The sponsor of legislation that would require lobbyists to disclose more about what they spend each year on state lawmakers and other public officials said he was considering changing the bill after a fifth state lawmaker publicly stated his opposition Friday morning. “Clearly there is heartburn with some of the progressive ideas that I’ve proposed” in SB 168, Sen. Jeff Steinborn, D-Las Cruces, said. Steinborn’s reconsideration came after Sen. Jacob Candelaria, D-Albuquerque, became the fifth lawmaker on the Senate Rules Committee to openly block the legislation. On Wednesday Candelaria had voted against a motion to not pass SB 168 out of the Senate Rules Committee, joining three other Democrats against four Republican Senators who wanted to table the legislation. The bill’s main goal is to fix a transparency loophole the Legislature created last year that allows lobbyists to disclose much less about how they spend money on public officials.

Legislators seek economic boost through hemp

A prime opportunity for developing New Mexico’s struggling economy may be the cultivation of hemp, the plant and leaf matter of one type of cannabis plant, a bipartisan set of legislators say. Several efforts underway at the state Legislature would license growers and establish a research and development fund for studying industrial uses of hemp. Senate Bill 6 would require the New Mexico Department of Agriculture to issue licenses to grow hemp for commercial or research and development purposes, subject to rules established by the department. It establishes a research and development fund at New Mexico State University and removes cannabis plants cultivated for industrial hemp from the definition of “marijuana” in the Controlled Substances Act. Sponsored by Sen. Cisco McSorley, D-Albuquerque, SB 6 passed the Senate earlier this week and will now be considered by the House.

Lobbyist loophole fix stalls in Senate committee

A state Senate committee failed to muster enough votes Wednesday morning to pass a bill that would fix a transparency loophole the Legislature created last year. But the bill sponsor said he’ll try again to get the measure through the Rules Committee. The loophole allows lobbyists to disclose much less about how they spend money on public officials than they used to. It removed a requirement for lobbyists to report expenses spent on individual lawmakers below $100. Previously, lobbyists had to report all spending, itemizing expenses spent above $75 per lawmaker and reporting the cumulative amount of expenses below $75 per lawmaker.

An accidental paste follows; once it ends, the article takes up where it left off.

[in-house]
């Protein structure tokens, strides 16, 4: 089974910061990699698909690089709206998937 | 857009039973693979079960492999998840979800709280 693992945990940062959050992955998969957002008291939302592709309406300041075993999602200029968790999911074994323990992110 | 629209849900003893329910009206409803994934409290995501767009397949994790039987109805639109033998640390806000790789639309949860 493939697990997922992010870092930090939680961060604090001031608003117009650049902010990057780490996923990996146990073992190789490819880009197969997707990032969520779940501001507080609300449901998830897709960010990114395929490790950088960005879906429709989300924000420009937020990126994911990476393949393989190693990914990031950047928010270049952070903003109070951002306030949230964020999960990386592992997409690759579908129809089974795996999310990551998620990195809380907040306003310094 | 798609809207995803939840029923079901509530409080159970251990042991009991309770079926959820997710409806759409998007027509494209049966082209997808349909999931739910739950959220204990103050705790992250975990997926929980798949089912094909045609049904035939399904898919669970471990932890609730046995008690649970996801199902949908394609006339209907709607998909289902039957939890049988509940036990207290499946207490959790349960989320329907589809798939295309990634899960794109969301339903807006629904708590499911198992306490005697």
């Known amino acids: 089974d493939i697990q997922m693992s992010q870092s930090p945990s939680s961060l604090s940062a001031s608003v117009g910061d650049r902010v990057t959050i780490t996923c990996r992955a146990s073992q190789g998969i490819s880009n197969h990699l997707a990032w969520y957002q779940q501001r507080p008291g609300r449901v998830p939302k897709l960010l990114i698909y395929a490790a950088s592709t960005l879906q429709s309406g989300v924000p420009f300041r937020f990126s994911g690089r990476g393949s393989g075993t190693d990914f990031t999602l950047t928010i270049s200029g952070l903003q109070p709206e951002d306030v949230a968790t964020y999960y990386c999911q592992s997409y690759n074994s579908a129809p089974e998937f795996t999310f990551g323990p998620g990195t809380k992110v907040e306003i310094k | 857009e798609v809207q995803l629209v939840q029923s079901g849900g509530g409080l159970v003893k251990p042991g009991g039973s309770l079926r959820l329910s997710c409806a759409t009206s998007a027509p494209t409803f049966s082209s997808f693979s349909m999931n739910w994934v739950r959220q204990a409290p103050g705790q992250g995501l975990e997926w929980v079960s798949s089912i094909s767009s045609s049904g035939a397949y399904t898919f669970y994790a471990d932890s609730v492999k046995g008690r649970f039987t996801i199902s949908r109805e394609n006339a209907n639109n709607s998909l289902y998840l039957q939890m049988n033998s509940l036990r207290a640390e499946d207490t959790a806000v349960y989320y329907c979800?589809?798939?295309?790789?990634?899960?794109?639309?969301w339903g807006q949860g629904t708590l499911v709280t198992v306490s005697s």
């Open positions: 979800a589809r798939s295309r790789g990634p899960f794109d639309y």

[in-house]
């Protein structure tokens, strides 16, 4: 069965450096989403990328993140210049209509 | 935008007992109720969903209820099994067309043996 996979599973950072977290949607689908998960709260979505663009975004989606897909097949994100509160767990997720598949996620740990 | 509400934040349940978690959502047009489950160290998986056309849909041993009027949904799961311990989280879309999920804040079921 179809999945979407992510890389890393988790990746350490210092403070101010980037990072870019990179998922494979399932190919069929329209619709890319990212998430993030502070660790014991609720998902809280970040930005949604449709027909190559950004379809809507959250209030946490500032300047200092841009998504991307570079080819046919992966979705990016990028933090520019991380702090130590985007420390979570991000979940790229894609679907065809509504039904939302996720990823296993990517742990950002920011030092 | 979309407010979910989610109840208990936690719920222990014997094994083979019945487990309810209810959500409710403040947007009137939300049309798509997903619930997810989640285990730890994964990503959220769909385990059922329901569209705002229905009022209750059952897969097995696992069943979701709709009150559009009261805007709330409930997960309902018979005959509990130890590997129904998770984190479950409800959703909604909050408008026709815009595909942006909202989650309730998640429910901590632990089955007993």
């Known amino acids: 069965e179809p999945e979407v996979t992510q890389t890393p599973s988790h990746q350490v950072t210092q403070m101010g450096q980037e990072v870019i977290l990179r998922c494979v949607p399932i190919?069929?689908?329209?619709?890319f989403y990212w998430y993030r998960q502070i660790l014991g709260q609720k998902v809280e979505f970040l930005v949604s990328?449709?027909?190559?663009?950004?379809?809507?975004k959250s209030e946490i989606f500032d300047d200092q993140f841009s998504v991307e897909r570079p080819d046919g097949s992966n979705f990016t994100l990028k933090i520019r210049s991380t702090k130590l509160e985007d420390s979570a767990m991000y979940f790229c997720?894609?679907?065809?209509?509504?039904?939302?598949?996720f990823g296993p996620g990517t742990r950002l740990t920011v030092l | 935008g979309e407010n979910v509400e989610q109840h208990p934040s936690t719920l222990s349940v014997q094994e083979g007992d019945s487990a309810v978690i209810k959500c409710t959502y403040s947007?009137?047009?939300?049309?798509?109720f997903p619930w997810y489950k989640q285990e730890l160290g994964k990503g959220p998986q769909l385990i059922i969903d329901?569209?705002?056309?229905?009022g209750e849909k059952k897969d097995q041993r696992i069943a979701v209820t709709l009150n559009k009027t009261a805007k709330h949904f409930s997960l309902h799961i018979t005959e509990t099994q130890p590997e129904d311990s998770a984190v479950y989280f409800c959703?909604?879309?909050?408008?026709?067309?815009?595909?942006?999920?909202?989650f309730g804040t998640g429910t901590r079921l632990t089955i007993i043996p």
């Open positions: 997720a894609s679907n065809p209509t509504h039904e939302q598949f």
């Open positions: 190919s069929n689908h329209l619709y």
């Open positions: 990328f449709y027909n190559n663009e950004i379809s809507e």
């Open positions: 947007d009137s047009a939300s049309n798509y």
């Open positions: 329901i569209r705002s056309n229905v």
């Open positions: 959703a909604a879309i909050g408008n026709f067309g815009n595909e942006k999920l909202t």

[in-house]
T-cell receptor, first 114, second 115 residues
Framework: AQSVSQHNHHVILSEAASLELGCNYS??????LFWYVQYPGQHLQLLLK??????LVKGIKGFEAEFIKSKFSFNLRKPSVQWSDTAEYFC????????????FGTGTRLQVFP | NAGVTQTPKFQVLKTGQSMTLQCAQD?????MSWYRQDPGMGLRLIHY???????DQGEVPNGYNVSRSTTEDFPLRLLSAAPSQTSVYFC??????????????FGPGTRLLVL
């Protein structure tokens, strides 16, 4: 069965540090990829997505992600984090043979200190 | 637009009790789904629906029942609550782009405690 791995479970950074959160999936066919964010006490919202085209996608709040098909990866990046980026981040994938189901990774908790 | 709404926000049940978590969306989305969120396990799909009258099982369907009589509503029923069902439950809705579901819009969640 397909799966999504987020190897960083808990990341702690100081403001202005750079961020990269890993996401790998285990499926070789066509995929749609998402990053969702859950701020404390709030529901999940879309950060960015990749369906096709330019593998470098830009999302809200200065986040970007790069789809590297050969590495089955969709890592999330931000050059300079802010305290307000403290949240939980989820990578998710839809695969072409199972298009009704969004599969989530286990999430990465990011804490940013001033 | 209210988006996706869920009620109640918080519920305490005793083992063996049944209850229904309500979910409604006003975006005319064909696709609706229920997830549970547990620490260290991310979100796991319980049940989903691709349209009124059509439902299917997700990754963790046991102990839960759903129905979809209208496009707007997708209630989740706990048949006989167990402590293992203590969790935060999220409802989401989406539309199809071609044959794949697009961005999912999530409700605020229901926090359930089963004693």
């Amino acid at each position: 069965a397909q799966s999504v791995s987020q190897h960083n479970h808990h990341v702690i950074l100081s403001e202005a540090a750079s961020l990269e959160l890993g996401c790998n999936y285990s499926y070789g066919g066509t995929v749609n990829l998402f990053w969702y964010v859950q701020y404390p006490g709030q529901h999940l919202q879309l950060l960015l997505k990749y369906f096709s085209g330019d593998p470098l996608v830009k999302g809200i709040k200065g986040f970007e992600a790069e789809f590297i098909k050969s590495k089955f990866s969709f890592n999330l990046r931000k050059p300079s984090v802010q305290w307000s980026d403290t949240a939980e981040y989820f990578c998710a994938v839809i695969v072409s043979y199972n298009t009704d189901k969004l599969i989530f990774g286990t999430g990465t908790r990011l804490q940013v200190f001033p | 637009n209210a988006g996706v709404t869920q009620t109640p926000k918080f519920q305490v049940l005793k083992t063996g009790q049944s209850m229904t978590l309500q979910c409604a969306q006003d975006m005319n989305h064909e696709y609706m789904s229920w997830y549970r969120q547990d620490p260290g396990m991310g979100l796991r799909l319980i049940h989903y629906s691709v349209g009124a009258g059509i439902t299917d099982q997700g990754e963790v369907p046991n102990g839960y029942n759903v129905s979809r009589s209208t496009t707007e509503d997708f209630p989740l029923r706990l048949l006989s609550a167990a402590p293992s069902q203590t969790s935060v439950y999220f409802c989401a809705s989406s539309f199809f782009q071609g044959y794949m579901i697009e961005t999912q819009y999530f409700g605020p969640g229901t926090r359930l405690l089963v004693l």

Competing ethics proposals raise questions of secrecy and oversight

Last week marked the start of the 12th installment of a long-running debate among New Mexico state lawmakers. In previous years the discussion could be summed up in two questions: Should the Legislature create an independent ethics commission; and, if so, what form should it take? The perennial answer to the first question was “no ethics commission this year,” rendering moot the second as to the shape and form it would take. This year, unlike in previous sessions, however, state lawmakers will be able to debate both questions at once. With positive votes from the House State Government, Indian & Veterans’ Affairs committee on Jan.

Cannabis industry campaign contributions grow

The nascent cannabis industry donated more than $52,000 to New Mexico candidates and political action committees in 2015 and 2016. The largest donor, Ultra Health, hopes to see lawmakers increase plant limits for medical marijuana providers this session. The Legislature is also considering bills that seek to legalize marijuana. The first, House Bill 89, is scheduled for a committee hearing Saturday. Eight states and the District of Columbia allow adult use of cannabis, while 25 allow medical use of the drug, which is still illegal under federal law.